Beyond Conjecture: Learning About Ecosystem Management from the Glen Canyon Dam Experiment
Alejandro E. Camacho
University of California Irvine School of Law; Center for Progressive Reform
September 19, 2008
Nevada Law Review, Vol. 8, 2008
Notre Dame Legal Studies Paper No. 08-29
This brief article, written for a symposium on "Collaboration and the Colorado River," evaluates the U.S. Department of the Interior's Glen Canyon Dam Adaptive Management Program ("AMP"). The AMP has been advanced as a pioneering collaborative and adaptive approach for both decreasing scientific uncertainty in support of regulatory decision-making and helping manage contentious resource disputes -- in this case, the increasingly thorny conflict over the Colorado River's finite natural resources. Though encouraging in some respects, the AMP serves as a valuable illustration of the flaws of existing regulatory processes purporting to incorporate collaboration and regulatory adaptation into the decision-making process. Born in the shadow of the law and improvised with too little thought as to its structure, the AMP demonstrates the need to attend to the design of the regulatory process and integrate mechanisms that compel systematic program evaluation and adaptation. As such, the AMP provides vital information on how future collaborative experiments might be modified to enhance their prospects of success.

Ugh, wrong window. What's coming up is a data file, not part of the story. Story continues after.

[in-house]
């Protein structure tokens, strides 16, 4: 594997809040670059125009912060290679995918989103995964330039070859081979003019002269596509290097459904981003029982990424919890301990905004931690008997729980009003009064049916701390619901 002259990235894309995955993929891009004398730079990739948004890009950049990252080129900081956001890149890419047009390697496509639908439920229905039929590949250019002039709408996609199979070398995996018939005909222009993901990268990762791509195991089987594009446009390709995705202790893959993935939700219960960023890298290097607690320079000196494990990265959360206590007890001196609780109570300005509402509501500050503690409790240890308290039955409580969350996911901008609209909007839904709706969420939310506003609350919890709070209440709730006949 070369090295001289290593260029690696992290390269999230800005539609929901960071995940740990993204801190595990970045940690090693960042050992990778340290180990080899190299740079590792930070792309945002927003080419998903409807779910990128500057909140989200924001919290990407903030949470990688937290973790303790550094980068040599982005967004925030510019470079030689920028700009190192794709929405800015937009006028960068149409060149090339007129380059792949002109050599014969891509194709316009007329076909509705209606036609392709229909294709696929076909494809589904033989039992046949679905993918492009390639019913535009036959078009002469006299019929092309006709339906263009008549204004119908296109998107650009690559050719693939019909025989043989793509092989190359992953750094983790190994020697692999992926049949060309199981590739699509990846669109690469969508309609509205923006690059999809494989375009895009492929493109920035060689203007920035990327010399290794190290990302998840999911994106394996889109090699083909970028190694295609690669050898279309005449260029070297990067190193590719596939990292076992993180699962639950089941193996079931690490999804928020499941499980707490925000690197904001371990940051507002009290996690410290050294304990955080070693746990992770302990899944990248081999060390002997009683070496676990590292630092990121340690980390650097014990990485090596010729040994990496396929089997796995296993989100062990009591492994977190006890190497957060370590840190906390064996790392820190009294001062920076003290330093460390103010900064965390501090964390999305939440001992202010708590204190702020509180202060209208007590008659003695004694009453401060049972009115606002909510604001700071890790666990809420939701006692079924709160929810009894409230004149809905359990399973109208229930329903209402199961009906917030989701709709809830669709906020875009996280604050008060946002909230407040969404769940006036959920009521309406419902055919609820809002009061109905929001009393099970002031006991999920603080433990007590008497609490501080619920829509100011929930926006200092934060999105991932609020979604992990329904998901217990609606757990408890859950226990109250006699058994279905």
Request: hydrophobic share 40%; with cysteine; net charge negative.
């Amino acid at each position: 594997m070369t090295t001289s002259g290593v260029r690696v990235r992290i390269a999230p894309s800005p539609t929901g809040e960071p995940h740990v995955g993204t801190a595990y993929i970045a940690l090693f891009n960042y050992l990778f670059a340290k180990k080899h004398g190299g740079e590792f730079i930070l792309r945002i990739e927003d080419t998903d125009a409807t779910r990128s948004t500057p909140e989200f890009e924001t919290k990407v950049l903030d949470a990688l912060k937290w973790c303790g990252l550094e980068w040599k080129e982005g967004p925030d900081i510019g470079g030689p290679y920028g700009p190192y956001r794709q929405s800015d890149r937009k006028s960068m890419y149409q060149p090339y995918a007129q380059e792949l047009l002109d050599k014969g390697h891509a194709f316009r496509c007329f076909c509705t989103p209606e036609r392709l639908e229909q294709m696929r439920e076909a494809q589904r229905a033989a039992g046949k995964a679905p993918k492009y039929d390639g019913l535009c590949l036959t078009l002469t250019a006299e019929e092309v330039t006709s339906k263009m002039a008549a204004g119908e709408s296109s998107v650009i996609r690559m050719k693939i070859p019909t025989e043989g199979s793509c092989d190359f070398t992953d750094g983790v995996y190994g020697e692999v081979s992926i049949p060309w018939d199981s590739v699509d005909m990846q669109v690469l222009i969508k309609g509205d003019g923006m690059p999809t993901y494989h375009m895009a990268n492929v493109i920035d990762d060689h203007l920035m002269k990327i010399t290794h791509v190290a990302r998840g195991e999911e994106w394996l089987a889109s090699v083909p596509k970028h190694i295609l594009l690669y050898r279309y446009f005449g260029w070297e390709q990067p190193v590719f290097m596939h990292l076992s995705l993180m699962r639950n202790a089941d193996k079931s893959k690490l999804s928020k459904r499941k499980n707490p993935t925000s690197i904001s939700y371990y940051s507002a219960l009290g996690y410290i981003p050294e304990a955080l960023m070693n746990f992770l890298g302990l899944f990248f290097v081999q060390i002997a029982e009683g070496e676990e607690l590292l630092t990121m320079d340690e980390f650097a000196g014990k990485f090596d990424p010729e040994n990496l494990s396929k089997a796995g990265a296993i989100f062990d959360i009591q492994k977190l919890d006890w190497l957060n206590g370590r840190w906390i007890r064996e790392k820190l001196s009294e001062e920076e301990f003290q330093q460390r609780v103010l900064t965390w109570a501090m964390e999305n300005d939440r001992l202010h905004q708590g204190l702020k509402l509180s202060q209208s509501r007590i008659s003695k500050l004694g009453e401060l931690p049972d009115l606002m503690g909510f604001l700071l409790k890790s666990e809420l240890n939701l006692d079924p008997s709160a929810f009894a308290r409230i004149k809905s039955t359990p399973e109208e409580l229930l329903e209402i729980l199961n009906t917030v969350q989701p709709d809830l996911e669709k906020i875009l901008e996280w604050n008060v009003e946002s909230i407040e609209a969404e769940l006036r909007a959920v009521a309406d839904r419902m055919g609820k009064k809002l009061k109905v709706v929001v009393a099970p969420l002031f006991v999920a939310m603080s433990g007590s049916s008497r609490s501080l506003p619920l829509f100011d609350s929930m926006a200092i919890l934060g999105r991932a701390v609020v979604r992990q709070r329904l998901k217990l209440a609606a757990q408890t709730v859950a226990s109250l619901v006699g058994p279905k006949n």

Number of Pages in PDF File: 23
Keywords: collaborative adaptive management, collaborative planning, consensus, ecosystem management, environmental management, Glen Canyon Dam, joint fact-finding, natural resource management, public participation, stakeholder engagement, AMP, dispute resolution
Date posted: September 23, 2008 ; Last revised: July 14, 2015
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